Ozymandias - a National Poetry Month post
Yesterday's poem, "The Second Coming" by W.B. Yeats, is a hard act to follow – so many great lines, yet some of them are so great that one can't really top them. Trying to think where to go from here, I found myself coming back time and again to the image of the sphinx "somewhere in the sands of the desert, . . . a gaze blank and pitiless as the sun", and I thought of Ozymandias. I confess to having travelled a somewhat musical route to get there, because what came to my mind was not immediately the line of "Ozymandias" that usually turns up, but because on thinking of the face in the sand, I thought of a song by Sting. More on that in the discussion.
by Percy Bysshe Shelley
I met a traveller from an antique land
Who said: Two vast and trunkless legs of stone
Stand in the desert. Near them on the sand,
Half sunk, a shatter'd visage lies, whose frown
And wrinkled lip and sneer of cold command
Tell that its sculptor well those passions read
Which yet survive, stamp'd on these lifeless things,
The hand that mock'd them and the heart that fed.
And on the pedestal these words appear:
"My name is Ozymandias, king of kings:
Look on my works, ye Mighty, and despair!"
Nothing beside remains: round the decay
Of that colossal wreck, boundless and bare,
The lone and level sands stretch far away.
Shelley wrote this poem in December of 1817 as part of a writing contest with his friend, Horace Smith. Having read an account of the discovery of a fractured statue of Ozymandias (another name for Rameses II), with an inscription that translates as "King of Kings am I, Ozymandias. If anyone would know how great I am and where I lie, let him surpass one of my works", both men wrote sonnets on the topic; both men addressed the idea of hubris. For those of you interested, you can read Smith's poem and compare the two. (It's interesting to see how two poets writing literally simultaneously on the same subject and with the same theme can end up with different results, and I think it also demonstrates that Shelley was the superior poet.)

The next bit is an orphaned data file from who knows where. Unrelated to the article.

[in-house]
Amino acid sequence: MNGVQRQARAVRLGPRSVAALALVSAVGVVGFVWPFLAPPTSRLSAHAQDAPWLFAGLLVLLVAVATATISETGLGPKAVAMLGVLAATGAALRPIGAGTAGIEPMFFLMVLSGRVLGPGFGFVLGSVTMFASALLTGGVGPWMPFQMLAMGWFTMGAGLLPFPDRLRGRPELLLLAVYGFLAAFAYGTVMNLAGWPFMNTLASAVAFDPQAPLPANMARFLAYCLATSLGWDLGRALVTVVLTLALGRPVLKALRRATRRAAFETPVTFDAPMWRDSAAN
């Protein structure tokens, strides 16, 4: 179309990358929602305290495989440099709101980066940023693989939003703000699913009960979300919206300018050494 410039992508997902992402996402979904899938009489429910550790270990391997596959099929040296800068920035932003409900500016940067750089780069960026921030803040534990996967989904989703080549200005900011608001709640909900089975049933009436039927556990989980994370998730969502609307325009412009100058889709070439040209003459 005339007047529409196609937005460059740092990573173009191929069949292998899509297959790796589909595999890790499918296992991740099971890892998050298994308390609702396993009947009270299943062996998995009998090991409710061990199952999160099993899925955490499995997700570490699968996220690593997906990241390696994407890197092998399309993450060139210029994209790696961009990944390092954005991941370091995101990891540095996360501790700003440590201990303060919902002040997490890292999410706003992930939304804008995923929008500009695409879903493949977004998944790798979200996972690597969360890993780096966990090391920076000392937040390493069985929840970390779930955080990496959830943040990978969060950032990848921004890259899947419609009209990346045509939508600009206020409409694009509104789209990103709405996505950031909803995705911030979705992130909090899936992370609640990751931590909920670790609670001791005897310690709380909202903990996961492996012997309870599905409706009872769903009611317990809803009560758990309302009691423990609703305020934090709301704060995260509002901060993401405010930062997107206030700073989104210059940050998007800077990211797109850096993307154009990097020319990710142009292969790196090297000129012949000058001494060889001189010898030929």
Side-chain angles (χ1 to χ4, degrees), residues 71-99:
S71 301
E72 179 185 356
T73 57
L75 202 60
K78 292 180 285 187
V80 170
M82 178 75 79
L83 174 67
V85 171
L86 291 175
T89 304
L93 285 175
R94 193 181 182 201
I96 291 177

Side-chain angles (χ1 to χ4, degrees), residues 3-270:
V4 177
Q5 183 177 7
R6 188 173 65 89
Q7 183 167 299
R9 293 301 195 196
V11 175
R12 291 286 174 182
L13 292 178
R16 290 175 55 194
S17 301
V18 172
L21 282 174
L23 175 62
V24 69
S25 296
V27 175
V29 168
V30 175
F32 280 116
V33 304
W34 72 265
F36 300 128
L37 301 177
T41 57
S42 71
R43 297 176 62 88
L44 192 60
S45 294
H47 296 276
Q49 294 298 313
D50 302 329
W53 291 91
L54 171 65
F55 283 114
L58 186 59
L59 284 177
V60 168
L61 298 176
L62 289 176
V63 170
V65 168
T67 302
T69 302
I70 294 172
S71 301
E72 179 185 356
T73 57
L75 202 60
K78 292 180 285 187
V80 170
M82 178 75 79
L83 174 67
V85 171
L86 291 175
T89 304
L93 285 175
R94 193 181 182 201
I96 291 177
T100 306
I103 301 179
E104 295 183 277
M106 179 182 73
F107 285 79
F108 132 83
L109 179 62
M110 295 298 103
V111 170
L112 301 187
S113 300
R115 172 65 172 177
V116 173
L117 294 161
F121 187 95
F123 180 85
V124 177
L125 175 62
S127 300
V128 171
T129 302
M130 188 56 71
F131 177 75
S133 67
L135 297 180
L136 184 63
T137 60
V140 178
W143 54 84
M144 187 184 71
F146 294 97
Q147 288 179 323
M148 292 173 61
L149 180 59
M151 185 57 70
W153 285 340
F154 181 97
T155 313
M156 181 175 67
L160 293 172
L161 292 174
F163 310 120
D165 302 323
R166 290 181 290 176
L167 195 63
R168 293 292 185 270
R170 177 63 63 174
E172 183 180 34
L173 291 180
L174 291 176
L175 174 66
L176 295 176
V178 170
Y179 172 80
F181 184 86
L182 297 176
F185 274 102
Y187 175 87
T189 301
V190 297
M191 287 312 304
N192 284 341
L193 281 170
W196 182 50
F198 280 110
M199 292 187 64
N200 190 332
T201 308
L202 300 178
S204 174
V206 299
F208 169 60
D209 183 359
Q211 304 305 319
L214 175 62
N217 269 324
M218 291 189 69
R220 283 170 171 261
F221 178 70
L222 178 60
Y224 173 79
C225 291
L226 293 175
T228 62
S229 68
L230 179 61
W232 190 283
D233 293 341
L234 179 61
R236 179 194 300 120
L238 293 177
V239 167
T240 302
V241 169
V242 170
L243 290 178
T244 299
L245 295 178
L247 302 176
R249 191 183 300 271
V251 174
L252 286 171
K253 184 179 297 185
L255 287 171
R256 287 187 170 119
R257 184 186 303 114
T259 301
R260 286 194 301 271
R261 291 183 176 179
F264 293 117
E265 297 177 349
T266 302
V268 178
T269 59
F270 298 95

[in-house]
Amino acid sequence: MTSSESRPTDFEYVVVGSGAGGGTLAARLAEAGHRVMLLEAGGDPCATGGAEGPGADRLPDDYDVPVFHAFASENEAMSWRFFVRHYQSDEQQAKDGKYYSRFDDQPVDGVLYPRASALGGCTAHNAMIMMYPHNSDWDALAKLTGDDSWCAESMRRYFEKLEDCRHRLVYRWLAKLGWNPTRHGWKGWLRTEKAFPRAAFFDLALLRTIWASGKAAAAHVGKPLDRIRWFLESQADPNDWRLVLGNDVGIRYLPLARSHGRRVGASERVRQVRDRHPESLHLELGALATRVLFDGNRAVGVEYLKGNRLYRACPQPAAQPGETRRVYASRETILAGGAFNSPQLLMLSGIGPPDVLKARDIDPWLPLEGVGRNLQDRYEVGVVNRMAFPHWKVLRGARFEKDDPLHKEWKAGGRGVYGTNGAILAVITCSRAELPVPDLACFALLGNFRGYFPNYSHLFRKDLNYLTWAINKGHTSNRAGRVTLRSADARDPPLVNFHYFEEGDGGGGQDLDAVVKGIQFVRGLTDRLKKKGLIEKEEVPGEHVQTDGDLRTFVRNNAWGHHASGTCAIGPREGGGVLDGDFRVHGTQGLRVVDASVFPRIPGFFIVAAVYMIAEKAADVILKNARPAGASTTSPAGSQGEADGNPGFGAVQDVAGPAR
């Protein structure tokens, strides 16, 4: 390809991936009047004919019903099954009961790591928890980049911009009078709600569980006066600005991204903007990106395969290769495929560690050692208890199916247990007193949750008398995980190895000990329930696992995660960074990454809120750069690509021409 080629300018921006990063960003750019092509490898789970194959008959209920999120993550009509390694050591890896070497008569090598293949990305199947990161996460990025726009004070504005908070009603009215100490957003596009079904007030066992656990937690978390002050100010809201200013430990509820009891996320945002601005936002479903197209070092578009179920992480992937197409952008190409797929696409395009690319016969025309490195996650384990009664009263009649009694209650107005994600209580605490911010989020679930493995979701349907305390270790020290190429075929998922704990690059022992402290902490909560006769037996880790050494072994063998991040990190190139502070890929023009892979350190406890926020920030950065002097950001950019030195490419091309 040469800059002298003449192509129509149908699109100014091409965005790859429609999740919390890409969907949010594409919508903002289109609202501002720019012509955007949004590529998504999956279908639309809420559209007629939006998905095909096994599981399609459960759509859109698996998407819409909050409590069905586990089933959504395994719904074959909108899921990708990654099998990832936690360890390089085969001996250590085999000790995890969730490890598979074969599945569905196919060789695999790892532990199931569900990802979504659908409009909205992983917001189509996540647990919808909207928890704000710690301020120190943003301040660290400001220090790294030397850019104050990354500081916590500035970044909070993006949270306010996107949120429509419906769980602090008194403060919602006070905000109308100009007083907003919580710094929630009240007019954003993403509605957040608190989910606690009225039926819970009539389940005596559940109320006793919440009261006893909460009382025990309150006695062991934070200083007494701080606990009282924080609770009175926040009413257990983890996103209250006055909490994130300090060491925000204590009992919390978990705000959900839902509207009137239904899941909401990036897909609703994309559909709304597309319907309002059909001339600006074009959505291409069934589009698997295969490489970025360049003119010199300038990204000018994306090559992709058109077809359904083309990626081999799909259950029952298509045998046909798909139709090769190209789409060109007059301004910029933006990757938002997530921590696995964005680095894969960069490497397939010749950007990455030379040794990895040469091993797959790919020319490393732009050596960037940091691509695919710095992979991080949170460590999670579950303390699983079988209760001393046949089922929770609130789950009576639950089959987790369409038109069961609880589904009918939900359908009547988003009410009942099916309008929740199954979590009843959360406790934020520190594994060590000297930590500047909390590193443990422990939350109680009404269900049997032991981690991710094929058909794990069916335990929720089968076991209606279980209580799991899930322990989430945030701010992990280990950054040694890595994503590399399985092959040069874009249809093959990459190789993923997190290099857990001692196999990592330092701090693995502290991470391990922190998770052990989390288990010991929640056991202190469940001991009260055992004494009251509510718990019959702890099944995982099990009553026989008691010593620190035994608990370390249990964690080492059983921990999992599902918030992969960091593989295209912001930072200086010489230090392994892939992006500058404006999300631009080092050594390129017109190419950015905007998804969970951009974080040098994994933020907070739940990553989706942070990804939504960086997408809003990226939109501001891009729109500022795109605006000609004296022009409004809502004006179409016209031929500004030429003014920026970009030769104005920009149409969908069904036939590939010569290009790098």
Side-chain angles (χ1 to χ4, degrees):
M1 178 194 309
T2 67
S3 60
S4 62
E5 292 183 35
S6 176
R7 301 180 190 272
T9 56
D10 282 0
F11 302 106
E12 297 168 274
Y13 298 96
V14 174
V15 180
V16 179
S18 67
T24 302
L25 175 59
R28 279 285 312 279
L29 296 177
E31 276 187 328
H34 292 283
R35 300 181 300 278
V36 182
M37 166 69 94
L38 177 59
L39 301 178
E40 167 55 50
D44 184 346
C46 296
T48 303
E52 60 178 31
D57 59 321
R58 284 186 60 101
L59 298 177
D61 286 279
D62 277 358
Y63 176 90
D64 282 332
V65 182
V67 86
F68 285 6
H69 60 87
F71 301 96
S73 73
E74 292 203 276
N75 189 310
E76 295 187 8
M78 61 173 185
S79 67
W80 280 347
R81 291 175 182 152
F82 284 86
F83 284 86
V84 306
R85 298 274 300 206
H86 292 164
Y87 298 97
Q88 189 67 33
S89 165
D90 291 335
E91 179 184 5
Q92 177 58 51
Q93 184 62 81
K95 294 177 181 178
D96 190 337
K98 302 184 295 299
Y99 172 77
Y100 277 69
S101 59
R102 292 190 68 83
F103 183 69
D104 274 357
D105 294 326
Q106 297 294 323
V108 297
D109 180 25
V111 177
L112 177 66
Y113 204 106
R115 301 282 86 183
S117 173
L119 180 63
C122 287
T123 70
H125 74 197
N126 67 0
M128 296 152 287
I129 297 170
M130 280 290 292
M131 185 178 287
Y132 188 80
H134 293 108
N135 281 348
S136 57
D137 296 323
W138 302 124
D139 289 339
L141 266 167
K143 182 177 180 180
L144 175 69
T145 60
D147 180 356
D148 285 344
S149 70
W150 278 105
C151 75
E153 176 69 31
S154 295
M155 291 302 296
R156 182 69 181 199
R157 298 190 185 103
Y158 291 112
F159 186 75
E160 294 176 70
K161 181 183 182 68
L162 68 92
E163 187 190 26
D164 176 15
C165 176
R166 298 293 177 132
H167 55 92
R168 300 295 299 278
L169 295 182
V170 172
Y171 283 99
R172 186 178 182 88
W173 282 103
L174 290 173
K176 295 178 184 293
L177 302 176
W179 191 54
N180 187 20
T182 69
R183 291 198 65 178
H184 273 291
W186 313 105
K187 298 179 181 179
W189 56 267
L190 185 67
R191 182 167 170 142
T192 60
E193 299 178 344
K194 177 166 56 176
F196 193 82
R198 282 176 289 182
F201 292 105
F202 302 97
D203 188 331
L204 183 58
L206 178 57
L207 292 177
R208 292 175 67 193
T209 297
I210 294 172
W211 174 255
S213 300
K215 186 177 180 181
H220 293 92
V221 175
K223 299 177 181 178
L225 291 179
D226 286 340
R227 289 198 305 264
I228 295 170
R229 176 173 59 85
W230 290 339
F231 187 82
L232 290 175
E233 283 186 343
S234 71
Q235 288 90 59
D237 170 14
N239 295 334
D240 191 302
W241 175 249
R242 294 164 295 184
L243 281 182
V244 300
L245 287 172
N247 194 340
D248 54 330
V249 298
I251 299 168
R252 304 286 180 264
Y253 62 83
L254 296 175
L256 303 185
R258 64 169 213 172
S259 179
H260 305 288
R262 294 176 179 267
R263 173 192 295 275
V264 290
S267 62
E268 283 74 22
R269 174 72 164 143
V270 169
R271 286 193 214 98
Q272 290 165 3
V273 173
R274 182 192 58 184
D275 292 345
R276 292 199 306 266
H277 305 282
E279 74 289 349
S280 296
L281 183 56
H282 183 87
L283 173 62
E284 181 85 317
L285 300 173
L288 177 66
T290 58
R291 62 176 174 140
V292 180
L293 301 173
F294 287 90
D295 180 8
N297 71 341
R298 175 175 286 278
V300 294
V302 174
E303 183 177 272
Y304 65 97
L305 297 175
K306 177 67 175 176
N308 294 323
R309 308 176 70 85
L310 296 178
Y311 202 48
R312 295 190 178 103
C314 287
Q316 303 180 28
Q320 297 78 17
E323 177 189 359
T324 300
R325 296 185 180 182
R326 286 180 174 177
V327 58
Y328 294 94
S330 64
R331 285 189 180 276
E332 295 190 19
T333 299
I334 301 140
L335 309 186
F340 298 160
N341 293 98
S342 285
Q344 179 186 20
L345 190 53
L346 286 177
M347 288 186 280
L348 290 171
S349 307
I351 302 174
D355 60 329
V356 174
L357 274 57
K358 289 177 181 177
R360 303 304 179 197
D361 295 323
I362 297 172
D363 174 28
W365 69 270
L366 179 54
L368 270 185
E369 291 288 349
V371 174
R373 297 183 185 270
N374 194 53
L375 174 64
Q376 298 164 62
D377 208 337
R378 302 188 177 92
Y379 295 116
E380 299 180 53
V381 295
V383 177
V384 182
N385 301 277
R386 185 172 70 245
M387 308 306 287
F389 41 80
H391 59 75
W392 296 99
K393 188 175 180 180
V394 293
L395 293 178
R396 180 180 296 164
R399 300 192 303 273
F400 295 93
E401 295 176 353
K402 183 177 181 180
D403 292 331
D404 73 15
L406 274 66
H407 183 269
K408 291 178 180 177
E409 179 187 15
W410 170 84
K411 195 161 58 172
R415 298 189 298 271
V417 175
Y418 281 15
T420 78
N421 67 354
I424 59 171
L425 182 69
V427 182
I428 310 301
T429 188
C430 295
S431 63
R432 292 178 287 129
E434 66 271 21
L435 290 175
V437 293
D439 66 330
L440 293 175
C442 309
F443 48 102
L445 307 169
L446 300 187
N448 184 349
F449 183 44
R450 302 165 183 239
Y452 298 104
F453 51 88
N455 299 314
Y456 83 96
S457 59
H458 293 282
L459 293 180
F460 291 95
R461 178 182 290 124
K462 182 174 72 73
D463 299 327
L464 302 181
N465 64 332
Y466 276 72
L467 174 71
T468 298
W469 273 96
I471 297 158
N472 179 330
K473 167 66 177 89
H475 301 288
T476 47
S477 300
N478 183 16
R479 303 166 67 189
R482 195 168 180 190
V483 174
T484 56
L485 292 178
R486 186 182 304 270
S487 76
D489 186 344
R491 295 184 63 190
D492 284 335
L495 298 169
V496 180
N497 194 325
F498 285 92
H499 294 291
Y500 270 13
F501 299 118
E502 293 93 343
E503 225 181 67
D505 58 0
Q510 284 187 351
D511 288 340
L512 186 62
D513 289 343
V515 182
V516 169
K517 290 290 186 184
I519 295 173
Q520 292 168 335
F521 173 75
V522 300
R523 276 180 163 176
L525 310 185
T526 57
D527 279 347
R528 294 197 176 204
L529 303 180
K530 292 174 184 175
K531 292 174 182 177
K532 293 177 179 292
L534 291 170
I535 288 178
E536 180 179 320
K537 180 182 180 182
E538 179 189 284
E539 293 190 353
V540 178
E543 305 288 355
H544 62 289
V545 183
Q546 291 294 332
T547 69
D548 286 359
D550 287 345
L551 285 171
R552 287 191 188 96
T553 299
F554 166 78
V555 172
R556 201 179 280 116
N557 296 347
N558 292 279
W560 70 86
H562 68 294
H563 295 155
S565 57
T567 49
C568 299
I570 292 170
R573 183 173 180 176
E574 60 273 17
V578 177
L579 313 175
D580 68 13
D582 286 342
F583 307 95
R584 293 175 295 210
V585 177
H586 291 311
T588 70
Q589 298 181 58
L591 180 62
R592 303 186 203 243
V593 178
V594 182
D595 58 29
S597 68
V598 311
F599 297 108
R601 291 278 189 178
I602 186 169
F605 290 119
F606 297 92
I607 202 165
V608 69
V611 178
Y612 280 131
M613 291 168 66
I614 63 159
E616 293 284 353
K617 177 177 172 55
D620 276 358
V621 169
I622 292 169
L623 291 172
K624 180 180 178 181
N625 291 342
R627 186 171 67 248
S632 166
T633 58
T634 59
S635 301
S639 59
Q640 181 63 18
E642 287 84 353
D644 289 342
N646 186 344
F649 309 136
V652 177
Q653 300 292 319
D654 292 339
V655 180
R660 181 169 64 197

The poem is, as I mentioned earlier, a sonnet, but it does not fit the Shakespearian or Petrarchan form. It is, instead a "nonce" form, in which Shelley muddies the waters between the opening octave and closing sestet. Written in iambic pentameter, the rhyme scheme is ABAB'ACDCEDE'FE'F. The little "prime" marks are to indicate where Shelley opted for slant rhyme rather than exact rhyme. The shifting and gradual replacement of rhymes within the poem is similar to the shifting of desert sands over time as they erased most of the "works" of which Ozymandias was so proud. This poem is actually atypical for Shelley both because of its unusual form and because of its subject matter, yet it may be the most widely anthologized of his works.
As in the other poems I've selected thus far, this one has a memorable line coupled with memorable imagery. For me, it's the line "Look on my works, ye Mighty, and despair!", juxtaposed with the empty, level sands stretching to the horizon as far as the eye can see.
As I said at the start of this post, I got to "Ozymandias" through a Sting song. The song, "Mad About You", has always been inextricably linked for me with the Shelley poem because of this verse:
They say a city in the desert lies
The vanity of an ancient king
But the city lies in broken pieces
Where the wind howls and the vultures sing
These are the works of man
This is the sum of our ambition . . .
In his book, Lyrics, which I reviewed when it came out, Sting doesn't reference "Ozymandias" at all, but discloses that his source for the song was the second book of Samuel, chapter 11, and the story of King David's lust for Bathsheba. Still, although I'm willing to buy that the song is from David's point of view, his discussion of the city in the desert calls to mind Ozymandias for me. To watch Sting performing the song in concert, you can watch this video at YouTube.